Sure, I seemingly just gave you a list of guidelines to follow to protect your child’s mental health during our current global health crisis. But really, this list was also a reminder for me. These are stressful times for everyone (though I acknowledge that they are far more stressful for those who get sick, their families, the medical professionals and grocers on the front line and those that are un- or underemployed) and we’re all just trying to keep the peace in our homes.
Raising a teen or tween is hard. Their prefrontal cortex isn’t fully formed, they’re hormonal, impulsive, and still very unaware of how the world works. It’s much harder in times when you’re figuring out how the world will work after a catastrophe. There’s only so much we have control over in times like these. You won’t always be able to keep your patience with them, but you can make attempts to connect with them, encourage them to connect with others, keep them active, in the sunshine, and as safe as possible.
My eight-year-old son is the creation I am most proud of, and becoming a mom at nineteen & figuring this all out as I go along is no doubt my greatest adventure of all.
When I studied writing, I learned with the rest to “write what I know.” This is why this is not, nor could it ever be a Mommy Blog. Read: I have no idea what I’m doing. Half of what I know about raising a family I learned from twentieth century sitcoms like Family Matters, Full House and The Brady Bunch. No lie.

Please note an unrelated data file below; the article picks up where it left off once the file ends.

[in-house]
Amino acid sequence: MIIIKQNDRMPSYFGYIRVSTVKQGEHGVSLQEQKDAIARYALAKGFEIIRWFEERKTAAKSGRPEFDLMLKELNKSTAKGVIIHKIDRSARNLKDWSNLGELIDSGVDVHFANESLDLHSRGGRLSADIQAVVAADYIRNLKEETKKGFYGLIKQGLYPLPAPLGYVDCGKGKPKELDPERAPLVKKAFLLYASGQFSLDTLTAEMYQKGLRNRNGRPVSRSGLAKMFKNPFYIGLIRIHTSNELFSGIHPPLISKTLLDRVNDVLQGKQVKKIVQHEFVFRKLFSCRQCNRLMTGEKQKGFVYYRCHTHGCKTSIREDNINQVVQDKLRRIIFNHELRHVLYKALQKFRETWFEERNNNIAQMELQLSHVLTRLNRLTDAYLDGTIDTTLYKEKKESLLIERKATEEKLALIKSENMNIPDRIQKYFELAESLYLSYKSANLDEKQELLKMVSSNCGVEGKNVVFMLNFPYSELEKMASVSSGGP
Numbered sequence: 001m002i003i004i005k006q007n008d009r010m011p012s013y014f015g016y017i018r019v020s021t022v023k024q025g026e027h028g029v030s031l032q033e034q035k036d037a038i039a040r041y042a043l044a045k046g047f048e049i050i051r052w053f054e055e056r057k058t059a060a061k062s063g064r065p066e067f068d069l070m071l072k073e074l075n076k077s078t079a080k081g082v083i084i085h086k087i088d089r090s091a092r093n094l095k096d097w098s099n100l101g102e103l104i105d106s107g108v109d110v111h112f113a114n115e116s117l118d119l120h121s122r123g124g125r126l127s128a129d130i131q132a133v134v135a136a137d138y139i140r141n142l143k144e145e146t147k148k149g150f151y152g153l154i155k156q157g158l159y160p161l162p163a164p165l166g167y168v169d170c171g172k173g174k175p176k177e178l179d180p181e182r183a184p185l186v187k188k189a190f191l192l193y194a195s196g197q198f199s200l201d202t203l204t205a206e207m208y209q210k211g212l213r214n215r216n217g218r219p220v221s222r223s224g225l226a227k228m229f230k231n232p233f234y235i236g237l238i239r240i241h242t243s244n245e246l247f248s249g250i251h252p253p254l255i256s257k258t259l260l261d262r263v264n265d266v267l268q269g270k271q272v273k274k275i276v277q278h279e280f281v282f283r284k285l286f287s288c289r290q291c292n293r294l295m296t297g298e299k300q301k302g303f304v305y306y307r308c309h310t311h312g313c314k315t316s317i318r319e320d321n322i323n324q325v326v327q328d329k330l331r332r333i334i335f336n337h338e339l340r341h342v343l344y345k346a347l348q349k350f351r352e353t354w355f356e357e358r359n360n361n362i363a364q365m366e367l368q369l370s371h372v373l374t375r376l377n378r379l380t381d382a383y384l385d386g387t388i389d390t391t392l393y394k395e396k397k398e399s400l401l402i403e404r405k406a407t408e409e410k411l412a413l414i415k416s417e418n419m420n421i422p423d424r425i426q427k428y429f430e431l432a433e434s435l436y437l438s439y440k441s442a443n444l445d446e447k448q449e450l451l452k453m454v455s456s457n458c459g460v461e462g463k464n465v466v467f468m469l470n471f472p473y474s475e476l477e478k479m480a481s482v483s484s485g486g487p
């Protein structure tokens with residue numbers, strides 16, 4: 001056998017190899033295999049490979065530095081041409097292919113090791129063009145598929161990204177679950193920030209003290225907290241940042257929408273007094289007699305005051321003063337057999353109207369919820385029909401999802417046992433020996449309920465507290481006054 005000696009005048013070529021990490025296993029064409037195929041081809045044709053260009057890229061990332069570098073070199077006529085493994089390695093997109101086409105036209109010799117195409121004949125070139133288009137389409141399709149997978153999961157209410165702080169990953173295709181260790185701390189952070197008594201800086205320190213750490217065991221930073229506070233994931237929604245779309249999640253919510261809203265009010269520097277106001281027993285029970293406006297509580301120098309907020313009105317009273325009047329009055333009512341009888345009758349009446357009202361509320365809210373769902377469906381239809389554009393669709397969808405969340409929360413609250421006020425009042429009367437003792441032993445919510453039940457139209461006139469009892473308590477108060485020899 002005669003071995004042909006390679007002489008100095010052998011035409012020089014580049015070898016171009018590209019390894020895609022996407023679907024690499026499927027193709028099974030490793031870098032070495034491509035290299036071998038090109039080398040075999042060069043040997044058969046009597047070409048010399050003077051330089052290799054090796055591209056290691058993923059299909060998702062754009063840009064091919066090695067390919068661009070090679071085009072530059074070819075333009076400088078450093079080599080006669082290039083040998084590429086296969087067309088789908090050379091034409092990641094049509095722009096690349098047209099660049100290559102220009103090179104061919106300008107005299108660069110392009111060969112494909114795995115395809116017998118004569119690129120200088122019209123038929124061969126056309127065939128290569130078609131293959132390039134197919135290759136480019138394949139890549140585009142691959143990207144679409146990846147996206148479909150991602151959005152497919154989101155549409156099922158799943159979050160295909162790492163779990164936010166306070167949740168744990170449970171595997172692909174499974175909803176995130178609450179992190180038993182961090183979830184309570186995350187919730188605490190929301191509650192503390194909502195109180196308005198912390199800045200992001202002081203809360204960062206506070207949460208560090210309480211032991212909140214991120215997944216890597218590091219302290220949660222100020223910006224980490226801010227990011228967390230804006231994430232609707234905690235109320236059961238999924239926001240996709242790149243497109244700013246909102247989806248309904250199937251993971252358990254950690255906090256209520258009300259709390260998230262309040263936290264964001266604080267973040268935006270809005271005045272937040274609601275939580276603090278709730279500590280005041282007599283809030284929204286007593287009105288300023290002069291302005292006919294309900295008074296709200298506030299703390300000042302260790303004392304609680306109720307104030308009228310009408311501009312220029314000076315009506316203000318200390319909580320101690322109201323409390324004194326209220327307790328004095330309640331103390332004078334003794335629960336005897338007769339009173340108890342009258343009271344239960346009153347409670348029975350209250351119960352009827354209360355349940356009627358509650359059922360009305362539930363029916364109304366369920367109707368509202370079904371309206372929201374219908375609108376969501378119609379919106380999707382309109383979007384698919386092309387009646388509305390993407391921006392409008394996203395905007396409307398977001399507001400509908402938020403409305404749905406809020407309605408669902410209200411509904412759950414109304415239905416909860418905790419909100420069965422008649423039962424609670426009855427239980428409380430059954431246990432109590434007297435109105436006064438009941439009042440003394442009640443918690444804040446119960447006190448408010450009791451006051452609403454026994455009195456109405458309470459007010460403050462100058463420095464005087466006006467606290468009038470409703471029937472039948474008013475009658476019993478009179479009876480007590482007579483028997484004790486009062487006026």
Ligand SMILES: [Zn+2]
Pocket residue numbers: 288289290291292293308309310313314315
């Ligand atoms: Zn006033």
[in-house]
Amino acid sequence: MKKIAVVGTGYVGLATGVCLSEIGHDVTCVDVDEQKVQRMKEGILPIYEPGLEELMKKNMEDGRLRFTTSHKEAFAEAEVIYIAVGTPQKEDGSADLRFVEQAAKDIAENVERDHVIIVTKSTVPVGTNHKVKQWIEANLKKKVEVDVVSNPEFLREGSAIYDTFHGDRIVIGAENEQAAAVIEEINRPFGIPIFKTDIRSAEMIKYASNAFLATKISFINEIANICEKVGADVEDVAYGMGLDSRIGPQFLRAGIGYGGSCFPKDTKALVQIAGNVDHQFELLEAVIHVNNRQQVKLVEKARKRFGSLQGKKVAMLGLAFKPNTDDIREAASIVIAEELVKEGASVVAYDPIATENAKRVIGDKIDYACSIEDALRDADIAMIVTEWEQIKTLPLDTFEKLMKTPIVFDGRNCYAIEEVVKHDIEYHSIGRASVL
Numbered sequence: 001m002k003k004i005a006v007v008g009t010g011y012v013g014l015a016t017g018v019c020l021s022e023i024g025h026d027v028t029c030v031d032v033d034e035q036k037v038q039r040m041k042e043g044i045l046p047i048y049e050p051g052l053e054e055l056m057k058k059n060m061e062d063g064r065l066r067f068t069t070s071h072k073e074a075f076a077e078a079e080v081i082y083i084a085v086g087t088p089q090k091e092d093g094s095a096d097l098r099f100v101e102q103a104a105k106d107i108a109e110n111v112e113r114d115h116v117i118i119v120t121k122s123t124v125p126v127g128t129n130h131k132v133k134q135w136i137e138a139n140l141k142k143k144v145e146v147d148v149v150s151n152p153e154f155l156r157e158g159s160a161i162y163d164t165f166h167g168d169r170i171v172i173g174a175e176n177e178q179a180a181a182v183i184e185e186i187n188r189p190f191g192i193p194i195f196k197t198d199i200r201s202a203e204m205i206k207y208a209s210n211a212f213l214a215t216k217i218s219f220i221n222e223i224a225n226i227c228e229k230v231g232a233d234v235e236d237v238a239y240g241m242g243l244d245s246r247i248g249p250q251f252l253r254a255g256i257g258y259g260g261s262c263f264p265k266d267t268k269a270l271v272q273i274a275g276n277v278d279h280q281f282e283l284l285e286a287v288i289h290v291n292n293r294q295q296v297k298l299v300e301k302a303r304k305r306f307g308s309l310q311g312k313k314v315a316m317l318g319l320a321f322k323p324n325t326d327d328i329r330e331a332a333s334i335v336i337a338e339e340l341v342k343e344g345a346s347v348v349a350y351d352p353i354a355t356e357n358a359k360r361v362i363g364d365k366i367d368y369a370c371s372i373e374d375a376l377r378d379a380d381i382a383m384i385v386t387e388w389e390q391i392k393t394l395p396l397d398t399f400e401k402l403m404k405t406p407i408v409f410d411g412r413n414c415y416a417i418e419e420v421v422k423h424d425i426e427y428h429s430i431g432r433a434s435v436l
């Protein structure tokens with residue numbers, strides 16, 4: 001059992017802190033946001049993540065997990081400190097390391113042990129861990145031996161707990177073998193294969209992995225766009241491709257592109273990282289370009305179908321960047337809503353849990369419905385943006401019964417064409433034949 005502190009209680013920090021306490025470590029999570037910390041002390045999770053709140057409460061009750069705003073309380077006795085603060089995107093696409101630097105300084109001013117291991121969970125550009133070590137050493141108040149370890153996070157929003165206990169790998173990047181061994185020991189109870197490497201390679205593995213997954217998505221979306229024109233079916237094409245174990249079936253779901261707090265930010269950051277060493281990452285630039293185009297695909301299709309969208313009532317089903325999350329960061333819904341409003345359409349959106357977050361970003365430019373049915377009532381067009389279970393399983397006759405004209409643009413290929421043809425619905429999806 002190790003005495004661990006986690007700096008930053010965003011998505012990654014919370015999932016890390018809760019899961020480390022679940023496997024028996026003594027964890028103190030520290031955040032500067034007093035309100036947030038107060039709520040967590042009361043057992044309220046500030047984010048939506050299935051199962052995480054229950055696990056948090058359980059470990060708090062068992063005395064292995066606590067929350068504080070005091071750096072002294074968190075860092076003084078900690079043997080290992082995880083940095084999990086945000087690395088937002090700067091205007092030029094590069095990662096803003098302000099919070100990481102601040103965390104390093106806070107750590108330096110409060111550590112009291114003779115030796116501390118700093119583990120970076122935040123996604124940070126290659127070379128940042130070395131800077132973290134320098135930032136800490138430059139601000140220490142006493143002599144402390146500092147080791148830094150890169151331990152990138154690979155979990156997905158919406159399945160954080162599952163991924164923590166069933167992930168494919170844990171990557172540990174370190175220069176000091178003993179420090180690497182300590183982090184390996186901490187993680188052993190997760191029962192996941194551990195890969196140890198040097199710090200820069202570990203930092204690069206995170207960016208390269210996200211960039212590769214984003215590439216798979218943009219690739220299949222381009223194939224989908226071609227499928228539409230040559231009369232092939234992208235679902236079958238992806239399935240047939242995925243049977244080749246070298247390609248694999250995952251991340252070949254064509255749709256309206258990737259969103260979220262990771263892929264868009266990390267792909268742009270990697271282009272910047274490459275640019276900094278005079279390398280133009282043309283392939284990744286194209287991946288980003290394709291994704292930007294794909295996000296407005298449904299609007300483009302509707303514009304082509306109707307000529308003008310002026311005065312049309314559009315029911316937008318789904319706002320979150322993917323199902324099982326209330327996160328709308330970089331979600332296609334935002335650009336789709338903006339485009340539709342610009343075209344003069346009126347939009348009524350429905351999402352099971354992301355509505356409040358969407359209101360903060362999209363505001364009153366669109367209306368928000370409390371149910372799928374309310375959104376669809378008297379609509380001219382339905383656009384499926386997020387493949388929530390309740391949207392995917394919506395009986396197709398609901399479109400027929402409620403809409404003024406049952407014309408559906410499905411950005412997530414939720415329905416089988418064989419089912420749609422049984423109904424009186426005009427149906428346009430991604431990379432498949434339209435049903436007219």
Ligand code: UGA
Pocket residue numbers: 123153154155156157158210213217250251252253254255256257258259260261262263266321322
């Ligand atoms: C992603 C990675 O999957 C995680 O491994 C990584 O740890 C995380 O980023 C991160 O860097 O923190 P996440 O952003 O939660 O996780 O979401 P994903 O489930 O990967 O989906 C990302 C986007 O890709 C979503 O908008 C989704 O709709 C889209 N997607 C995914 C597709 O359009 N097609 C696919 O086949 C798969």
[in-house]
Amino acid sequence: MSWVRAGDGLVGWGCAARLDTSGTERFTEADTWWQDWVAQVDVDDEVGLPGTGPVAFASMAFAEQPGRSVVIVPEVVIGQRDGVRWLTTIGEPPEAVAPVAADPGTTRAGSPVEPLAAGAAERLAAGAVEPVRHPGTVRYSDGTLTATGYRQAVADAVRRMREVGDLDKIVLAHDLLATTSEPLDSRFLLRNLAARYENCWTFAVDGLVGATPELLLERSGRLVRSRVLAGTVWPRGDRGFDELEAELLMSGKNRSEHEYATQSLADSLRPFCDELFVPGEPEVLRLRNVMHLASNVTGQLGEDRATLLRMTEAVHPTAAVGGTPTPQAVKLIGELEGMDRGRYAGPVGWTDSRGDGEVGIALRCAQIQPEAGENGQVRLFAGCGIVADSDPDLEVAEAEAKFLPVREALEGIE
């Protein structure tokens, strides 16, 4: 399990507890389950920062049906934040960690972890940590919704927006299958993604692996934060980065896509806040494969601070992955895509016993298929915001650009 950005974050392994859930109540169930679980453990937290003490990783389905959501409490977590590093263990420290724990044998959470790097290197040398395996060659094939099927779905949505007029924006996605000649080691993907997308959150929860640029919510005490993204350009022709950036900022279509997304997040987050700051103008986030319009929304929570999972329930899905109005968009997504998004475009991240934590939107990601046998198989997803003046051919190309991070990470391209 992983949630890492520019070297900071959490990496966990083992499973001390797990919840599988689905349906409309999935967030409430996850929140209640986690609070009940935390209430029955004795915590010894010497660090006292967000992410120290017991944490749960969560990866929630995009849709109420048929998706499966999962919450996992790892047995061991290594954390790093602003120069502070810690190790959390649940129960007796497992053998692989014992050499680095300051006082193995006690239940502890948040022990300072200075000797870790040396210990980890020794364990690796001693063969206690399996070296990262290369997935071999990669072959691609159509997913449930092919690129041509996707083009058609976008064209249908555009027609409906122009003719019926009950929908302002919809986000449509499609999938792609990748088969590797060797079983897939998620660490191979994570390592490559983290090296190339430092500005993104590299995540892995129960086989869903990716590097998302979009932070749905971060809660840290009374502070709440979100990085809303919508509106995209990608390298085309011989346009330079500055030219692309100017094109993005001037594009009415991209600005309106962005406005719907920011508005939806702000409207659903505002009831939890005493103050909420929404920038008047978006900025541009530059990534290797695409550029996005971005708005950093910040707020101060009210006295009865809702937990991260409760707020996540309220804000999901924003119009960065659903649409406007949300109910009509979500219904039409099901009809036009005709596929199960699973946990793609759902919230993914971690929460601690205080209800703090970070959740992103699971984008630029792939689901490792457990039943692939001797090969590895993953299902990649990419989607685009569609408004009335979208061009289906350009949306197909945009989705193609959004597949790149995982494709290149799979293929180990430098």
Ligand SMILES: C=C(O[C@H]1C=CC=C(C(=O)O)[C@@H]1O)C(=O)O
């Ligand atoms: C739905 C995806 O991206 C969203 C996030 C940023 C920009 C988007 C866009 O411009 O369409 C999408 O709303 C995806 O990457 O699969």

Sometimes my husband asks, “Why do you bake him cookies for after school? That’s a dessert, not a snack.” And well, that’s why. Leave it to June Cleaver. I cringe when people tell me I’m a good mom, because it invalidates my constant negative self talk and second guessing myself. What do they know? They haven’t seen me loose my temper!
That being said, as I meet more children that are my son’s age, I find that he’s pretty darn creative. When he’s not working on his studies or doing his household chores, he’s making something, no doubt.
Spring has certainly sprung over in our little corner of Coastal Connecticut! For me, that means spring cleaning every nook and cranny, yard work, and enjoying the heck outta the outdoors. But! I can’t let one more day go by without sharing the final full day we spent in Puerto Rico–it’s been a week and a half since we were there.
The visitor center at El Yunque National Forest was great- all outdoors, but well covered. There were many exhibits on the wildlife, Rainforest preservation, and we caught an English version of the documentary that shared all of this information in a way that our seven year old could bear.
Deciding to become a stay-at-home mom was a long, drawn out process that was fraught with worry and hesitation. In May of 2013, after a few long and hard years of going to college while caring for a child, most of which was during a divorce, I graduated from a four year university. Those school years were plagued with doubt, and I was constantly terrified of how disappointed everyone would be if I couldn’t get a job after those years of leaning on others for support. I took the second job I was offered. Then, I stumbled upon an opportunity that was better for me and my home life, and jumped at it. Working from home, part time, for 150% better pay than the first. Perfect.
It was only a couple of months in before I realized how unsuited I was for the gig. I was disorganized, I lacked passion about my subject matter, and I lacked self-motivation. Week after week, I was suffering from self-imposed stress because I was focusing more on my duties as a homemaker and a mother than on being an employee. I was a failure. One day, in tears, I lamented to Mark, “I could climb the corporate ladder, I could be an entrepreneur, but nothing will give me as much satisfaction as raising my kids!” Unfortunately, it wasn’t in the cards for me. Continue reading “My Face Hurts.”→